So, you’re looking to rip up the Rocky Mountain on a ski road trip, huh? Well, lucky for you, I’ve got the inside scoop to help you travel around these Colorado mountains with ease and avoid common road trip mistakes. Keep reading for the best routes to take for this winter road trip.
Assuming you’re flying into the Mile High State, you’re going to need some sort of transportation. Check out these Colorado-based RVs and campervan rentals for cruising the Rockies in style and comfort. They offer tons of space and onboard amenities like cooking essentials, inverters for charging devices, and campsite gear to make your trip as comfortable and stress-free as possible. All you’ll need to bring is yourself, some buds, your skis or snowboard, and snow gear.
If you’re planning to sleep the nights in your camper, make sure to do some research on where to go for overnight parking. A good rule of thumb is to stick to hiking trailheads and highway pull-offs. But if you’re planning to stay on-site or at a hotel, and don’t need something as extravagant, Denver International’s long list of rental agencies has a wide variety of high-performing, snow-chomping SUVs with tons of cargo space.
For those of you who own an Epic ski pass, get ready to rip some killer resorts across the Rocky Mountains, as well as some top-notch apres. Altogether, the trip will cover four resorts spread across five days.
Day 1: Denver International to Keystone Mountain Resort – 93 miles
The first day will be a monster of a day. Preferably, you get into Denver International around early morning and wrap up the rental car process by 9 or 10 a.m.
On a perfect day, the trip from Denver International to Keystone takes 1 hour and 45 minutes, but be warned, I-70 is its own beast, and weather conditions, wildlife, road closures, and traffic pileups can drastically affect travel time. Once you’ve arrived, feel free to take it easy and soak in those afternoon turns. Keystone has a wonderful variety of beginner, intermediate, and advanced terrain, from soft groomers to technical bowl sections.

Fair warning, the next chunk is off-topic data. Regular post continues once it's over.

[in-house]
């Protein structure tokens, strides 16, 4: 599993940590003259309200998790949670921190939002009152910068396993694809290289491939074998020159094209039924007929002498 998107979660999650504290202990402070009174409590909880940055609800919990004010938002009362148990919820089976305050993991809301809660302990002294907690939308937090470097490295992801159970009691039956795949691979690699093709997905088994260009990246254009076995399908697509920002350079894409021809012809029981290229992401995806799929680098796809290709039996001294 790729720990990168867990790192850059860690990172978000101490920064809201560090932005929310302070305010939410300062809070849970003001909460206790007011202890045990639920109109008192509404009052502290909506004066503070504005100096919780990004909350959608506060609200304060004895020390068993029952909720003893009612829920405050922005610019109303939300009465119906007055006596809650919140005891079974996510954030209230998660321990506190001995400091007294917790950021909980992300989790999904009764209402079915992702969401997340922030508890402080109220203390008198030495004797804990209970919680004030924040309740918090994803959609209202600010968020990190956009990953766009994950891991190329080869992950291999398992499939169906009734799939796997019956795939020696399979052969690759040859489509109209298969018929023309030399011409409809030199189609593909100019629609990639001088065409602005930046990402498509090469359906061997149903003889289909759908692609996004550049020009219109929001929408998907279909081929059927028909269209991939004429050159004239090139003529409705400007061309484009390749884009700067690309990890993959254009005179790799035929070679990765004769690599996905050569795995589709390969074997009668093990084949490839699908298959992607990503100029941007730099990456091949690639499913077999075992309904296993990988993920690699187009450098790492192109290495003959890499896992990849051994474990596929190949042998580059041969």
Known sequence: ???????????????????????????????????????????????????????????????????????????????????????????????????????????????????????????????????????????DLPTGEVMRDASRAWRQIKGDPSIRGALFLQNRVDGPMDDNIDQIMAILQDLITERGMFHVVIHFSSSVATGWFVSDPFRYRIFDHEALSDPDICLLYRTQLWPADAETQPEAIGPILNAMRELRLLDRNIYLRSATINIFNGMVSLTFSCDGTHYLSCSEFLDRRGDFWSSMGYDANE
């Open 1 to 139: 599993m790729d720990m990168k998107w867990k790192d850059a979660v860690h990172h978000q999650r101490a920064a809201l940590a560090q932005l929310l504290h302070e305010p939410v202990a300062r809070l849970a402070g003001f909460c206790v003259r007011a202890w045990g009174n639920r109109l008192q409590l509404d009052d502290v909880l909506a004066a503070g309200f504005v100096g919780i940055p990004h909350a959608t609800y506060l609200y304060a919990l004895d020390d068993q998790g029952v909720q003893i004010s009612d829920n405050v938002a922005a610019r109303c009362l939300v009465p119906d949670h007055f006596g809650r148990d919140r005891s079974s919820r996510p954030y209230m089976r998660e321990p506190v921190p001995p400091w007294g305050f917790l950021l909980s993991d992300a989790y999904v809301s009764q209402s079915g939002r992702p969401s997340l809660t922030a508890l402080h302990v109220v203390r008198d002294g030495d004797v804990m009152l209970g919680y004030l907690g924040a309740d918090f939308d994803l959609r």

Once your legs have had enough, take your choice at Kickapoo Tavern, Last LiftBar, or Snakeriver Saloon for some post-sesh après.
Day 2: Keystone to Breckenridge – 14.6 miles
You can breathe a sigh of relief; this next drive is only a short half hour. Hopefully, you slept well, because today will be the first full day of skiing or snowboarding.
A piece of advice: Don’t try and do all of Breck in one day. The mountain is huge, so pick out certain sections you want to hit and stick to the plan. Personally, I enjoy the E Chair and Windows section of the mountain.
After you’ve had your fill, there are plenty of options for grub both on and off the mountain.
Day 3: Breck to Vail – 35.6 miles
Just a 45-minute drive from Breck sits Vail. Those who’ve ripped Vail say they absolutely love it, and it’s definitely a spot you should look forward to shredding.
Vail offers a bunch of challenging terrain like The Pump House, Cheetah Gully, Lover’s Leap, and the Frontside Chutes, while also providing a space for beginner-friendly and intermediate terrain like Eagles Nest, the Back Bowls, and pretty much every run on the Western-facing slopes.
For the best après, look anywhere around Vail Village. For the best slope-side view hit Los Amigos, for the best live music scene, pop into The Red Lion, and for the best sangria, swing into El Segundo.
Day 4: Vail to Beaver Creek – 11 miles
While it may be the last ski day of the trip, it’s also the shortest commute. Just another 15-to-20-minute drive further west sits Beaver Creek.
For beginners, you will probably want to stick to Bachelor Gulch Express Lift, while intermediate skiers and snowboarders will want to hit Larkspur Express Lift and Centennial Express Lift if you’re feeling a little saucy. For my advanced skiers and riders, do yourself a favor and go rip the Royal Elk Glades and Beaver’s famous Stone Creek Chutes.